Published on January 5, 2021

My loyal landline phone is now history

By Edward A. Forbes / The Bulletin

It was hard on me, but I felt like I had to do it, even though it made me sad. I had my landline disconnected.

After 50 years of having it, I found that it just makes economic sense to part our separate ways.

It seems to be irrational to experience a sense of loss over a device whose only function over the past few years is to send the occasional fax (yes, I know email has made faxes another piece of those rapidly disappearing artifacts.)

“Daaad, you don’t need a landline that you seldom if ever use.”

This from a child who calls occasionally and asks, “Can I come over and have you fax some things for me?”

Or the occasional friend coquettishly batting eyes: “Could you download, print and fax this 5,000-page document for me?”

It seems that there are still lawyers, doctors and some businesses that are trapped in the fax world and have not kept up with the current technology.

These are not the reasons however that I had such a hard time turning loose of that landline. It was the emergency night number for my business for many years. There were those patients/friends that would call asking for advice or just to catch up with our comings and goings.

This was also the line that notified me of family emergencies and achievements. “I’m in labor, and we need to get to the hospital.”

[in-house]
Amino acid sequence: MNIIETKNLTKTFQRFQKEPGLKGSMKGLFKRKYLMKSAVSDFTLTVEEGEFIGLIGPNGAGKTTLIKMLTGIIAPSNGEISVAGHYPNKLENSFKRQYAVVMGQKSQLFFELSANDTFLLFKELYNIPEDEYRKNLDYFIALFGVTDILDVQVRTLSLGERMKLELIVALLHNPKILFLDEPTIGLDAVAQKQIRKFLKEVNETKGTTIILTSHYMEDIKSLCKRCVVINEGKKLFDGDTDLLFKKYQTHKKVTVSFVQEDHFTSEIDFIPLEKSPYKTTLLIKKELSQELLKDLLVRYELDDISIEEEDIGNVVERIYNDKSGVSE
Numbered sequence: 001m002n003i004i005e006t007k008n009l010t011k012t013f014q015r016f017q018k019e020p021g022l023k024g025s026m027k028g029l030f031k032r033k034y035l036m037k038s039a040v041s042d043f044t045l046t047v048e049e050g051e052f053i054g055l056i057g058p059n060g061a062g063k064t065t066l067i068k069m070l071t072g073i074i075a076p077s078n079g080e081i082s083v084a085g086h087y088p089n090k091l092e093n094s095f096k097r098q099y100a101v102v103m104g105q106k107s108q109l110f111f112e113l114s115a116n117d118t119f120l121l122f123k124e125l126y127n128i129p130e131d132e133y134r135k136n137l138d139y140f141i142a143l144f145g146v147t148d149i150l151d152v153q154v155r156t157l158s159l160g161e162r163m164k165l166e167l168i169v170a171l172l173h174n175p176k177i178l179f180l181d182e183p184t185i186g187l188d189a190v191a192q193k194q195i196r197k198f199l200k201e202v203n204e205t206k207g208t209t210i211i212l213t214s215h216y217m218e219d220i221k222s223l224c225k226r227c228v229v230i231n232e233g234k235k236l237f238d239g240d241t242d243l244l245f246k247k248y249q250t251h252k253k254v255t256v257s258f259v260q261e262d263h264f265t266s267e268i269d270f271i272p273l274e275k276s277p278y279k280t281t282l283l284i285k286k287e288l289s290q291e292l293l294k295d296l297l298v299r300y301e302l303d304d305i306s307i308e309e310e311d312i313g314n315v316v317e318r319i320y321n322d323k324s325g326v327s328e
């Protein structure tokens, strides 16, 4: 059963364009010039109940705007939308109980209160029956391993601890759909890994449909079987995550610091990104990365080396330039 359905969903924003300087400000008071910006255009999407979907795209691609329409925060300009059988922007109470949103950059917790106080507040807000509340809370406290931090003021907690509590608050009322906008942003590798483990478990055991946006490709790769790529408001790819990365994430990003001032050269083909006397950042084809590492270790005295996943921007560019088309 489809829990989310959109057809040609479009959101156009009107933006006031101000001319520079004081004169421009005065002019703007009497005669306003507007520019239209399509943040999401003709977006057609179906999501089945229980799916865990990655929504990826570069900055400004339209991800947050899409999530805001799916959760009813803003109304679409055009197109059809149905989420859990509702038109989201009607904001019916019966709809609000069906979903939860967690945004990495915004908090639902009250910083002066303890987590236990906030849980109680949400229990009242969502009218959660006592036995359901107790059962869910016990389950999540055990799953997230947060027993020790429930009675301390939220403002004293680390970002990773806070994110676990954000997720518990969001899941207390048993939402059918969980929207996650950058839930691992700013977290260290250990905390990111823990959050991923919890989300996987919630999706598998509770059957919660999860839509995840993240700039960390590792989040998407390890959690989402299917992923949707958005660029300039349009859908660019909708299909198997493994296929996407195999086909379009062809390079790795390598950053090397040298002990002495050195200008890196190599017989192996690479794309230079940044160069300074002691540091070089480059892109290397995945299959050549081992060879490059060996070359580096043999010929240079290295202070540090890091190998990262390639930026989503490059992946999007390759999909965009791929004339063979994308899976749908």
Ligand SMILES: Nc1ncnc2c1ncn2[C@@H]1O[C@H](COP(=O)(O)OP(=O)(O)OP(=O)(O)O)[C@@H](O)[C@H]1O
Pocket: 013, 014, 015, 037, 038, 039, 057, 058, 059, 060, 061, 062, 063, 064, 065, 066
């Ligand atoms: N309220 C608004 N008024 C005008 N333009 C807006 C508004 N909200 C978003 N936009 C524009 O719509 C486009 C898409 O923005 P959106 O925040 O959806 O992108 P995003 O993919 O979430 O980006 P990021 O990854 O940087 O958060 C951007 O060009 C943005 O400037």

This ignited a fast trip to the Clear Lake Hospital in 1982. After making the run eight times, I could make it in 30 to 40 minutes up Hwy. 35 to Alvin, around the bypass to NASA 1 (or was it FM 528 back then?) with two lanes all the way.

This was the line we used to call the family and notify them of my daughter’s arrival, the death of my father, the birth of my son in 1984. This was the line of communication that we used to share the highs and lows of our lives.

I eventually converted to a cell phone, but it was only for emergencies, or if I was “out of pocket.” We progressed from the crude phones with Houston Cellular to Cingulair and eventually AT&T.

When my daughter started driving, her car came with a cell phone so she could call me when she had an emergency or needed help, but not to call friends. The reliable landline remained intact, although its use began declining.

“Senior citizens can get a phone for as low as $15 a month,” I was told. I qualified, but the lowest I was ever quoted was $30. After all the up-sells, it wound up at $79 a month. Thus, we came to the reality that I was spending money I could use elsewhere on something I rarely used or needed.

Still, it was like losing an old friend or putting an elderly family pet down. A great deal of nostalgia is involved.

I am not ashamed to admit that I’m a sentimental man. I cry over sad movies and events. Turning loose of things reminds me that we are getting older. But I’m not going down without a fight.

Now, how do I get rid of the “thingy” that the wall phone in my kitchen hung on?

(Edward Forbes wants to hear from you. Email him at eforbes1946@gmail.com or send comments by snail mail to The Bulletin, PO Box 2426, Angleton TX. 77516.)